Black Ice

It’s the exacting details in this book that means it has dated so dreadfully that for all it’s an interesting enough story, I just can’t imagine anyone born after about 1980 enjoying it. Except possibly for its historical value.

UnknownThere are two plots entwined here: a ghost story, and a technology story. And they’re packaged with a family drama, just to give the main character another headache.

The ghost story aspect holds up, as one would expect, in that it’s not context-reliant; you could have the same story set in 1850 or 2050. Syb’s new house is always cold, and the new housekeeper Hille starts talking spooky things as soon as she moves in. Hille wears an amethyst and claims to see ghosts, or spirits, all over the place. Syb is dubious, but….

The technology aspect, though – oh, I giggled. This was published in 1997. Syb is really lucky because she has an email address and can dial up the internet with her modem any time she likes. She wins a competition and gets an internet camera. People are able to get hold of each other’s email addresses quite easily, there’s only a few websites to search for on any one topic, and hacking is a breeze. I have no doubt that Sussex was going for close-to-bleeding-edge experience with this story, and going for serious verisimilitude with the intricate details. But all of that means that it really hasn’t travelled well. Which is a shame, because Sussex does write well and engagingly.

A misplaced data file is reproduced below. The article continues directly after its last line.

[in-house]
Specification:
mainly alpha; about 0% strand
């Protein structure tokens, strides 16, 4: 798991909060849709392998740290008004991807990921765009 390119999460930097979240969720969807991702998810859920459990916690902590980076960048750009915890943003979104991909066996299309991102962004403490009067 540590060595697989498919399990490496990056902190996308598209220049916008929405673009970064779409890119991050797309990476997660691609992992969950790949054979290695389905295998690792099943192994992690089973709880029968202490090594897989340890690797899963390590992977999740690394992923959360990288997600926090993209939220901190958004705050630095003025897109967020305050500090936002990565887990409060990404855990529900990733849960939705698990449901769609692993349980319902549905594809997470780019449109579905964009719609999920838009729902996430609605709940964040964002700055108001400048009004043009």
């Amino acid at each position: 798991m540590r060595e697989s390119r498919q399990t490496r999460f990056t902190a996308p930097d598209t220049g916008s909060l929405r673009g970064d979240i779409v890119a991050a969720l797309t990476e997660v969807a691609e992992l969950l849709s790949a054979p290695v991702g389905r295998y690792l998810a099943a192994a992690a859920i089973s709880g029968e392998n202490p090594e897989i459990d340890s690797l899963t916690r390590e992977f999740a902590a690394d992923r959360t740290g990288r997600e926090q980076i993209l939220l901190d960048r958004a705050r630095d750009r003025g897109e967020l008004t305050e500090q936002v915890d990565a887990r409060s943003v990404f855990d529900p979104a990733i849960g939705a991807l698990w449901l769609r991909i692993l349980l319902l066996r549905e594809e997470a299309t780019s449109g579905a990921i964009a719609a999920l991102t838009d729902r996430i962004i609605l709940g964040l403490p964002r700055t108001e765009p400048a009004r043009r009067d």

The inside cover calls it a Children’s Book; it’s what I would consider the younger end of YA. Syb’s parents are going through a rough patch, and this is dealt with brusquely but (and?) sensibly. It’s a “this is not the end of the world” attitude, but not “this doesn’t matter.” Intriguingly given how many such novels get rid of the parents completely, Sussex does it a bit differently: the mum goes away but stays in contact via email; the dad is always a bit absent in his attitude but is always present and still relevant. Also, the romance interests are just barely present but more usually as an irritant than anything else.

This book was read as part of my read-all-the-books-I-own-but-haven’t-read effort, and conveniently also contributes to the Australian Women Writers challenge for 2014.

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2 responses

  1. […] The Lady Astronaut from Mars, Mary Robinette Kowal Alex: A Pursuit of Miracles, George Turner; Black Ice, Lucy Sussex; Jane Bites Back, Michael Thomas Ford. Project Bond. Tansy: X-Men Days of Future Past, […]

  2. […] RandomAlex reviewed Black Ice by Lucy Sussex and summarises the plot brilliantly: “There are two plots entwined here: a ghost story, and a technology story. And they’re packaged with a family drama, just to give the main character another headache.” Although quite interesting, Alex notes that the book hasn’t dated very well, and doubts that “anyone born after about 1980 [will enjoy] it.” […]

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